I didn't want to ride for a long time. This is his new home and him being settled here is of prime importance, so I wasn't to be greedy and push for too much from Quadi, he is a delicate chap. I got about 20 minutes in but every one of those minutes was good :) Would i have been saying that a few months ago?! in any case, he's not fit so we're back to muscle-building basics.

i started out just asking for a slight flexion either left or right with the correspondingly correct carriage (ie. not star-gazing!), moving out in an active rhythm. Then we moved onto circling and shoulder-in, all the while i tried to give him room to lift his back. I didn't have it the whole time but a good proportion of our session, i'm pretty pleased! We also played a little with leg-yielding in and out on a circle, i switched between the two every few strides to keep Quadi from starting to lean on the hand. Weight in the right-rein aside, he was wonderfully responsive. i also schooled him a bit through the jumps set up in the field, and up and down the slope of the paddock.

He had a little moment when Fin and Coffee tried to rile him from the fenceline with their antics. He slowed, threw his head up and took a couple of steps sideways. I halted him and stroked his neck until the naughty PREs settled. Have to say how pleased i am at how he responded to me, I told him how good he was for standing still for me. Happy days with my handsome horse :)

I teased him into his stable, unheadcollared, with a small handful of The Baby's balancer. He came right in, so it can't be too scary. It's the biggest stable and just the same as the others. I wonder if perhaps he wind blows in differently or the view from the door casts a blind spot which makes him nervous? I hope in the next couple of weeks I can teach him it's a fine stable for him and a positive place to be.

Today we had sun and no wind, i don't think we'll be quite so lucky for the next few days!

Saturday, 25 September 2010

Playing Ponies

For the next three weeks I'm house-, horse- and dog-sitting. So in addition to spending every day with Quadi, i'll be enjoying the company of Kate's horses and dog whilst she heads for more tropical climes :)

Today was a lazy day in that I wasn't going to ride, but I was busy.

Upon arrival and for the past week or two, the gang were on restricted grazing, a big concern was an attack of laminitis or a colic because of too much new grass. They've gradually strip-grazed their way to a reasonably-sized paddock but today was the day to give them a whole fresh paddock. So I busied myself with electric fencing for a couple of hours, then mucking out. It was windy and rainy which initially irked me, and then I reminded myself I was desperate to be home to do this *lol*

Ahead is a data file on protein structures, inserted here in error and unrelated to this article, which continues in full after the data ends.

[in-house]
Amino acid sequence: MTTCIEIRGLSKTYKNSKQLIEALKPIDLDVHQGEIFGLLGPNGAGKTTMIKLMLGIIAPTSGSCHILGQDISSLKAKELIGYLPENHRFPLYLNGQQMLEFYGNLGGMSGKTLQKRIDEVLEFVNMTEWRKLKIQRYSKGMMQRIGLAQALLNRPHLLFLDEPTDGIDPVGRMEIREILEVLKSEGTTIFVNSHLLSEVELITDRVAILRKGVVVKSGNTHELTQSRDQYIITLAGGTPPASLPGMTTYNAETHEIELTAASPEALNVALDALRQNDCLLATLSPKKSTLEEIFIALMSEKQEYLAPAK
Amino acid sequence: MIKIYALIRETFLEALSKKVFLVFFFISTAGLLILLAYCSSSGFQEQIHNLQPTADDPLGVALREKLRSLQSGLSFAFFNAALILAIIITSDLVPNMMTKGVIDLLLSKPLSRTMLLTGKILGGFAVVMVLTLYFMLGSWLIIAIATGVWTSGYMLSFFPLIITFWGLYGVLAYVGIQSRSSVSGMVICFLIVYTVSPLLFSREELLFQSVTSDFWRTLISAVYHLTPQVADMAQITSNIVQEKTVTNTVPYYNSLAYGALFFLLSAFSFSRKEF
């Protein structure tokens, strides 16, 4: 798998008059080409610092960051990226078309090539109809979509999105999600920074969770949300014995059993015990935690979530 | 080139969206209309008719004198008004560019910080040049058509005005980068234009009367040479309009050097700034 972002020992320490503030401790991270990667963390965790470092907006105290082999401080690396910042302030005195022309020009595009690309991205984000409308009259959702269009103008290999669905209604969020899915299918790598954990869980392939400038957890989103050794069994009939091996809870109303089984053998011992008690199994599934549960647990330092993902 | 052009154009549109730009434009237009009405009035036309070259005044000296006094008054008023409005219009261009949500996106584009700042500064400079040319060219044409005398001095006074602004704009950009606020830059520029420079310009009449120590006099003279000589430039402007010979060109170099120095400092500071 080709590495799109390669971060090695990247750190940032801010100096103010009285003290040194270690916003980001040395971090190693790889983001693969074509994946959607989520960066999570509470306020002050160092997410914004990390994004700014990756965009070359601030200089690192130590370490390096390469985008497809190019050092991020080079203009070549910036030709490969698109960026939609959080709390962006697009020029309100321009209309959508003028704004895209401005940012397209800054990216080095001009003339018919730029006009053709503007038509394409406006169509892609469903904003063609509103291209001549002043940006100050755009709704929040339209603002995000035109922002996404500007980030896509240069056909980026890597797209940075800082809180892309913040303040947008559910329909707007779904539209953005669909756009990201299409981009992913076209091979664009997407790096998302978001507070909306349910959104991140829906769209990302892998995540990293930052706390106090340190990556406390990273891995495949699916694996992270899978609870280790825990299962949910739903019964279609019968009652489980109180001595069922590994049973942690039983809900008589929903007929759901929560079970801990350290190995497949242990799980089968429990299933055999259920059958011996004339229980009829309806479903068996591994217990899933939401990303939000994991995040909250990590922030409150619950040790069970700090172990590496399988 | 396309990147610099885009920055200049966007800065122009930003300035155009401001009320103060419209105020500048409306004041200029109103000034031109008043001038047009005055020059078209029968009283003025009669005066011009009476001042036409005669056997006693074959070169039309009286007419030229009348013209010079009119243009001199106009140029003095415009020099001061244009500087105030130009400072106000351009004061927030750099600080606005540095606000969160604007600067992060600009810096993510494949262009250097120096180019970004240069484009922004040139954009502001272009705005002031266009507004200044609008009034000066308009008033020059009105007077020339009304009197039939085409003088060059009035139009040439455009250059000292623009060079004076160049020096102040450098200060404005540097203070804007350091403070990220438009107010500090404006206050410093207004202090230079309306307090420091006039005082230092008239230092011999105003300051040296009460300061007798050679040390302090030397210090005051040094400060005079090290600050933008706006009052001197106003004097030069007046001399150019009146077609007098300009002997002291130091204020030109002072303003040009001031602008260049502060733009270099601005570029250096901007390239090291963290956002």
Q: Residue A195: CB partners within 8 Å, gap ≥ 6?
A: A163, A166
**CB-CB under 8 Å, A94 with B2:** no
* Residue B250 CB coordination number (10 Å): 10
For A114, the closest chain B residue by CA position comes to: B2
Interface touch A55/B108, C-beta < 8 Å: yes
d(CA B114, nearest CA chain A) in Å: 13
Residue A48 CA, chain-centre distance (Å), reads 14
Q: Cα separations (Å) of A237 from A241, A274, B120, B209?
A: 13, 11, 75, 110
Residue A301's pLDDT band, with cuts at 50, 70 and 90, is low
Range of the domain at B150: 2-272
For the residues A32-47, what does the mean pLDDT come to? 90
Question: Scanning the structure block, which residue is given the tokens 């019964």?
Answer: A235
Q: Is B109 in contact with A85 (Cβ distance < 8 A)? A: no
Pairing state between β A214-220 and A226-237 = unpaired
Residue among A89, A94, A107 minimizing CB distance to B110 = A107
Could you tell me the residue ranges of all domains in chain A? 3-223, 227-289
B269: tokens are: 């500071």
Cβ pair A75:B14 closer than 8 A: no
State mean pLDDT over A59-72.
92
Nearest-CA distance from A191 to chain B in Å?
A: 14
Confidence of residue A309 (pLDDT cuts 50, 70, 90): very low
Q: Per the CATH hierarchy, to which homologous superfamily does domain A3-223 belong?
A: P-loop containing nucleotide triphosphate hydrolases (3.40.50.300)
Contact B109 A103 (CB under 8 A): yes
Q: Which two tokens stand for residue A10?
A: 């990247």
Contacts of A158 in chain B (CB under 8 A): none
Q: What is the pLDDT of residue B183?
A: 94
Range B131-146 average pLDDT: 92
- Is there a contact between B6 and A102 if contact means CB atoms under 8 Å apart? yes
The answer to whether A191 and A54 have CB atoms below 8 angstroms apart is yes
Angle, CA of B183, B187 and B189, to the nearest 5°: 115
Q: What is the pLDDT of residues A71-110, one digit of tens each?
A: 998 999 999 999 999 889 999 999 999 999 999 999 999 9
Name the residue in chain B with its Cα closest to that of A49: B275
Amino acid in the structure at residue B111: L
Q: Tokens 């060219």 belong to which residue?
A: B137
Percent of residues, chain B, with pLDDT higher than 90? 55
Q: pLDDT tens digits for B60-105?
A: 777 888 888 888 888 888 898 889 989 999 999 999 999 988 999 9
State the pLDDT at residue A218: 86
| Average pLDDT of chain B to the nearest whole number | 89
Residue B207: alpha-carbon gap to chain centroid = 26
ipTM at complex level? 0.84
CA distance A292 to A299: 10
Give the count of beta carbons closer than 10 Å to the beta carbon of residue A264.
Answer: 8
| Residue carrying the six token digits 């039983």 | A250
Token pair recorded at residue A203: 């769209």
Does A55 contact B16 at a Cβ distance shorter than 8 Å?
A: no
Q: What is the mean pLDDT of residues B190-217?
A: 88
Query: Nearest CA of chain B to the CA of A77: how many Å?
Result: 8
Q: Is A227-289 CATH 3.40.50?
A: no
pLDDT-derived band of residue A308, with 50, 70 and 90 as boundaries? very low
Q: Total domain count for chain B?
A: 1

They were most dull in that they had their faces in the grasses as soon as I removed their headcollars, but surfaced a little later to oblige my need to take cameraphone snaps:

I laughed when I took the last one, he was looking very alert and pretty, and I managed to catch him with his eyes closed :)

I'll be up at 7am every day to punt the boys out. My PJ bottoms were on under my jeans this morning, couldn't bear to change properly for the sake of turnout *lol* I had a vague idea I might lunge Quadi this evening but I didn't have the energy to do it properly.

Everyone was fussy about their dinners, not surprising given they'd had a brand new part of the field to graze through. Well, The Baby finished his, good lad! I left the grown-up boys with theirs, I'm sure they'll pick at them overnight. Annoyingly, their daily feeds contain their omperazole. But this is heaped at the top of the feed rather than stirred through so I think they ate the bulk of their meds immediately.

My Prima Ballerina Drama Llama Extraordinaire, however, has apparently been picking at his dinners of late anyway. Anyone ever lucky or unlucky enough to make my horse's acquaintance will know this is outrageous! One of his many monikers is Noo-Noo after the slurpy hoover-thing in Teletubbies which noisily cleans up spilled food :)

I thought i might start giving him sugarbeet now that we're out of summer and Quadi will need to build muscle and have energy for work. But given that he's just moved paddocks I didn't feel an increase in feed would be wise. Sugarbeet would have been ideal to encourage him to eat. I tried adding mint. That was enticing for a second. Then I tried adding a smidgeon of the yearling's balancer (which in retrospect was probably worse than adding the sugarbeet but it was immediately available!). This sort of worked but even still he stopped eating way before I left them in darkness.